Parents have been urged to only allow their children to play video games in moderation.
The debate over gaming disorders has been ignited by the World Health Organization, which has reported that compulsive video game playing could be a mental health problem, while the UN health agency has classified the disorder as when it takes over other daily activities.
Ben Howard, the GameSpot vice president and general manager, told CNBC: "I think that's right, anything that's as compelling or visual exciting as video gaming definitely has that potential to have people spend more time than maybe they should."
To combat the issue, Howard has recommended parents moderate usage "in a way that you would engage in any other media consumption. So Netflix, YouTube, whatever it is, it's important that parents understand you can definitely have too much of good thing."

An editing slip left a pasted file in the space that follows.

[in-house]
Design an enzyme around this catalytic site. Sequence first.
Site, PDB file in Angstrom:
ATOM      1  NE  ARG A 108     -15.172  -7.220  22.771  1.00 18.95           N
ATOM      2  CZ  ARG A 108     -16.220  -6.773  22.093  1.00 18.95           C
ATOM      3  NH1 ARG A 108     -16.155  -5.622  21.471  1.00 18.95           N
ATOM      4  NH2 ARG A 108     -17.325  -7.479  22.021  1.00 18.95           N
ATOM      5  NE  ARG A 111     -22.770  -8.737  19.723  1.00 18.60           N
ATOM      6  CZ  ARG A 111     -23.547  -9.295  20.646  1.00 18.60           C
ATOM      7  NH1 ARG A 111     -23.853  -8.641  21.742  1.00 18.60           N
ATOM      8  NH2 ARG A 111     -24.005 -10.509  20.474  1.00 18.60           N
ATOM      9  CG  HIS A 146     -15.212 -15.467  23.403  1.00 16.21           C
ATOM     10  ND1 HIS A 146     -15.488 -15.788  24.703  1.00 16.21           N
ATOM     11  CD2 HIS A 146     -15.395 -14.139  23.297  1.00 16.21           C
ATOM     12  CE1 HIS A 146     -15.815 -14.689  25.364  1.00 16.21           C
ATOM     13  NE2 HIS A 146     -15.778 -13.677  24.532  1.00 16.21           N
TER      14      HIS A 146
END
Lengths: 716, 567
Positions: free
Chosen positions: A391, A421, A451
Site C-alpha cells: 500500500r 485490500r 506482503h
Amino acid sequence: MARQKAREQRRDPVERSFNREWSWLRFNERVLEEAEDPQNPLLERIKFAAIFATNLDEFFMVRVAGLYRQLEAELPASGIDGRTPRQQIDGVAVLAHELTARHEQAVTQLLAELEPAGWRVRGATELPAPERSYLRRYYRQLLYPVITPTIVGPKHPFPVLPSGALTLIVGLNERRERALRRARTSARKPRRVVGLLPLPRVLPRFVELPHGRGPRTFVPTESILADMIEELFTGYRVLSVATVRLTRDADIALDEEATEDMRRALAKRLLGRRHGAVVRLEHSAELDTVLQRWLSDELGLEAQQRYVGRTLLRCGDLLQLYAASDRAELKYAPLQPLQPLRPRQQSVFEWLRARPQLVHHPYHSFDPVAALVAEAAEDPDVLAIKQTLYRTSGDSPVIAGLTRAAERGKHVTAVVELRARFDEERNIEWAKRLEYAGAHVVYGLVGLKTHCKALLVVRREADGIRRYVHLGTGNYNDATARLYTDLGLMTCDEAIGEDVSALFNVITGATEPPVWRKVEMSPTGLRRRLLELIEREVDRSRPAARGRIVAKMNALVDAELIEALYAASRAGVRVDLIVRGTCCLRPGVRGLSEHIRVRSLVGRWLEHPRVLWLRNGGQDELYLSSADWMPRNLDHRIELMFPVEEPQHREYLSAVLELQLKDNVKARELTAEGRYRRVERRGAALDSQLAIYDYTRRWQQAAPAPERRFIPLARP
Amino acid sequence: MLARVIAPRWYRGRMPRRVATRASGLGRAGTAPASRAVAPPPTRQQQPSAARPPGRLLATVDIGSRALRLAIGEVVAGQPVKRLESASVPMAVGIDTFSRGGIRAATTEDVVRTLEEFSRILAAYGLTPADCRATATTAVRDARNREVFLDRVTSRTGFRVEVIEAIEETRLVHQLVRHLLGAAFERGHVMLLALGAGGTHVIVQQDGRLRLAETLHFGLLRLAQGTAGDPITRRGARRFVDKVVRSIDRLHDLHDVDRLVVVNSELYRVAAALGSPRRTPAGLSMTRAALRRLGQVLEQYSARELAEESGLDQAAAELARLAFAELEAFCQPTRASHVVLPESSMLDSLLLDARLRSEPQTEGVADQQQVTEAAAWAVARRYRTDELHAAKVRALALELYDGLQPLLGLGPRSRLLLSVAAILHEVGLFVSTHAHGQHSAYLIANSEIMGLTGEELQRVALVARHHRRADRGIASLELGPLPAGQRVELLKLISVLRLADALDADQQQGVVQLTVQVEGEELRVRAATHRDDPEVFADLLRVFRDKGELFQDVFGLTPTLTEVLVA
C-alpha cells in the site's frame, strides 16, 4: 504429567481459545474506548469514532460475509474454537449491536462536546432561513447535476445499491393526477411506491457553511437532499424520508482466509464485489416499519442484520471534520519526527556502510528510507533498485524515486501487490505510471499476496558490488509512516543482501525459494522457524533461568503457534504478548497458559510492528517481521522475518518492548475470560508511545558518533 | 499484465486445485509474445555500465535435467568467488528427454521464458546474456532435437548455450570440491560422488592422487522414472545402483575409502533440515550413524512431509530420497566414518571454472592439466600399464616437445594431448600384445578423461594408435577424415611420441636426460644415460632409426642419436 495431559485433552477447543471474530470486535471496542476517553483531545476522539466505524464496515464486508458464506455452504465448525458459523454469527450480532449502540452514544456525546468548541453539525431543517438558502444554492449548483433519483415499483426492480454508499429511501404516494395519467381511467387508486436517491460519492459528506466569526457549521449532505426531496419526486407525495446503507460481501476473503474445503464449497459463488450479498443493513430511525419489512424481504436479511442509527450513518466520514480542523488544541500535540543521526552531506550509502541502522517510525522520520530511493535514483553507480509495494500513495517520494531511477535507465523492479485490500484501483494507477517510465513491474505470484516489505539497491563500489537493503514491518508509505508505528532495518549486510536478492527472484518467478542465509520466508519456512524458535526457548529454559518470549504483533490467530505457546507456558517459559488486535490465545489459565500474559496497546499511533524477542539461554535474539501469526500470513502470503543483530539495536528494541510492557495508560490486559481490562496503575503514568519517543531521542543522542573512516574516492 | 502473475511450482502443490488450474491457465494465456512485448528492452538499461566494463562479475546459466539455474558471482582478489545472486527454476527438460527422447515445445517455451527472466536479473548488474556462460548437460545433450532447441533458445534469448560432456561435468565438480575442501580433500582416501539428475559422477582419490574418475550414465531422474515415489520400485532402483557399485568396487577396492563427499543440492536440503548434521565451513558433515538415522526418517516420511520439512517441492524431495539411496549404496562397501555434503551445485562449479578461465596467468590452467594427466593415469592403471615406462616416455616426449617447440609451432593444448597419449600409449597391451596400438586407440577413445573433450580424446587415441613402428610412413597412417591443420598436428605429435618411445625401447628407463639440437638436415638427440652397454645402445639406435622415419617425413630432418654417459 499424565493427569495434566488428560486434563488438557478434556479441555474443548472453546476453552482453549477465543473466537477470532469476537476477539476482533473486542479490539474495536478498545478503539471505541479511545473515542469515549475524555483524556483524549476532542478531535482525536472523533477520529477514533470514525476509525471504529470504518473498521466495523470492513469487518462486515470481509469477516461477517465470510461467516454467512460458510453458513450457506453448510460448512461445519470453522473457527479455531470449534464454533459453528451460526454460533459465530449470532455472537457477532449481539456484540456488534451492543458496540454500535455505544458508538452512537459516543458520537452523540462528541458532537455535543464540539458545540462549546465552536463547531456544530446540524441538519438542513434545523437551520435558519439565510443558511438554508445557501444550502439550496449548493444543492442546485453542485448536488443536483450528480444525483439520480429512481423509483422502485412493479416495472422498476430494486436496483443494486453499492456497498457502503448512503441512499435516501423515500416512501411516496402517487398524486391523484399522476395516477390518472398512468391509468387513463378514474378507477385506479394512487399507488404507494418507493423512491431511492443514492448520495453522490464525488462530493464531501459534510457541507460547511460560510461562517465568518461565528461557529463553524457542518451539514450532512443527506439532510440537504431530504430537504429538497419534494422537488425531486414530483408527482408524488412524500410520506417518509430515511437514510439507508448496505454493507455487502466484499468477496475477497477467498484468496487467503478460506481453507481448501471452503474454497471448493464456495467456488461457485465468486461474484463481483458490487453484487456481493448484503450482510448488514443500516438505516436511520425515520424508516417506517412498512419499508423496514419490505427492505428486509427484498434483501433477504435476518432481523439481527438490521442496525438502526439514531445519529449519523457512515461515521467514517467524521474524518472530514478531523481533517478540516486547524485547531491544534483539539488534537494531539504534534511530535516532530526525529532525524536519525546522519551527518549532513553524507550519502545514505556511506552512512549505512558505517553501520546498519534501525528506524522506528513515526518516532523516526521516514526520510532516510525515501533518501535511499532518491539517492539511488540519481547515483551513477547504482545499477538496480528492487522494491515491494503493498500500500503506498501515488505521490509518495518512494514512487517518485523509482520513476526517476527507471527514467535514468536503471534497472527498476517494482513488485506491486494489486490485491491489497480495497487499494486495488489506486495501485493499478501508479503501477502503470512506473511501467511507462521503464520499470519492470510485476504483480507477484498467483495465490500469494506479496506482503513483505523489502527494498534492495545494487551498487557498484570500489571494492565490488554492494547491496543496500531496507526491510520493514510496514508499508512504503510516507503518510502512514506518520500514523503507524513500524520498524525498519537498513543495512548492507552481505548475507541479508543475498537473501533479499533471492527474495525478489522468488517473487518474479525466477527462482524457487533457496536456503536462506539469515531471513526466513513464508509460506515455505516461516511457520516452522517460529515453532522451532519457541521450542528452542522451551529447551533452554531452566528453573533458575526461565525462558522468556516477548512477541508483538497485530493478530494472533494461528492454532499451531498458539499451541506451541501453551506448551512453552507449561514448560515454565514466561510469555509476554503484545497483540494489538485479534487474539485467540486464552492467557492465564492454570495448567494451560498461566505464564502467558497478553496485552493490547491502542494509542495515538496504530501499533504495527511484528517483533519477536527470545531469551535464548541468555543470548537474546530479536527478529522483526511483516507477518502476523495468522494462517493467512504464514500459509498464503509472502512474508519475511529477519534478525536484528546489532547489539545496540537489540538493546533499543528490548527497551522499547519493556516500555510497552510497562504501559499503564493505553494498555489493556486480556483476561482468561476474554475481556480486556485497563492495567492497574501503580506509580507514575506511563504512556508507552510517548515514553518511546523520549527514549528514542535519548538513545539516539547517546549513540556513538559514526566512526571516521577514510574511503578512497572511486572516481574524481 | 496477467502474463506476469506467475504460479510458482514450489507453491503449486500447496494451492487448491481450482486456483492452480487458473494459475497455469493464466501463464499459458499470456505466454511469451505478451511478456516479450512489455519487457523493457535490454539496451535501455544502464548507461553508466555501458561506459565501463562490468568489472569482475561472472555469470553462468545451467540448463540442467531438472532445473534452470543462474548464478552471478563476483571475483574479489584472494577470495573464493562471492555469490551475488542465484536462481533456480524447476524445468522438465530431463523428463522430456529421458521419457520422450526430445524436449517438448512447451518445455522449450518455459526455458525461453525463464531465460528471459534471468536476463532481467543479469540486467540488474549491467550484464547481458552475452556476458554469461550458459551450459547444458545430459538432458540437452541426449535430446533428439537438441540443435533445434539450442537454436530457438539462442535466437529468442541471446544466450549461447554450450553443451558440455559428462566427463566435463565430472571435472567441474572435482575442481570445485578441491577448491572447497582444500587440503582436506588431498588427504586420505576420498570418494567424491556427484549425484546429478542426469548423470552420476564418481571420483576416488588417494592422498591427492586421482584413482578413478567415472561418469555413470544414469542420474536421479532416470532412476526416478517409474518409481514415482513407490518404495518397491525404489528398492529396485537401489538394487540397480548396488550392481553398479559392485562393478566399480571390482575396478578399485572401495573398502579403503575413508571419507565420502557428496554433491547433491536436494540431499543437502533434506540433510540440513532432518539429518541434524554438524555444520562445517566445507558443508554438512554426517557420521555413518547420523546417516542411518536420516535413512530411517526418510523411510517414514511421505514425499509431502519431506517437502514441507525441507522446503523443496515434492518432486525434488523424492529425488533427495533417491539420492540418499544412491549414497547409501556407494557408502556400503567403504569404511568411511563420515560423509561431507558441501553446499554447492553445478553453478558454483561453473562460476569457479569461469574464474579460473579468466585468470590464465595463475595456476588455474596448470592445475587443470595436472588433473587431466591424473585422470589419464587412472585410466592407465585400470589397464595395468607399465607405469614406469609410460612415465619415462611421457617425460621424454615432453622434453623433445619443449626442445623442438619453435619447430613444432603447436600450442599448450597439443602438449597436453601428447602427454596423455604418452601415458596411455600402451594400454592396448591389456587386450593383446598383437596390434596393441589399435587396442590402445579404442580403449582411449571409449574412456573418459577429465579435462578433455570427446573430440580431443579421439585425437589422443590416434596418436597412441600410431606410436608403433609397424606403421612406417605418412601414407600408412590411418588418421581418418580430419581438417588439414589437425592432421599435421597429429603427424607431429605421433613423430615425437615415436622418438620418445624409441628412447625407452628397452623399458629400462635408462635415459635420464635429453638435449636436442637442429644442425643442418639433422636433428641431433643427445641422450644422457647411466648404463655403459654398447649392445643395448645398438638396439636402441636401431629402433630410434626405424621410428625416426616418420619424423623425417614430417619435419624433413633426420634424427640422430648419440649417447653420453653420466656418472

Last month, meanwhile, leading researchers claimed that gamers are not "addicted", they are just "motivated".
The International Game Developers Association vehemently criticised the World Health Organization for classifying gaming addiction as a disorder, saying it "was clearly prejudicial against gaming as a hobby and interest" and for a "broad" terminology.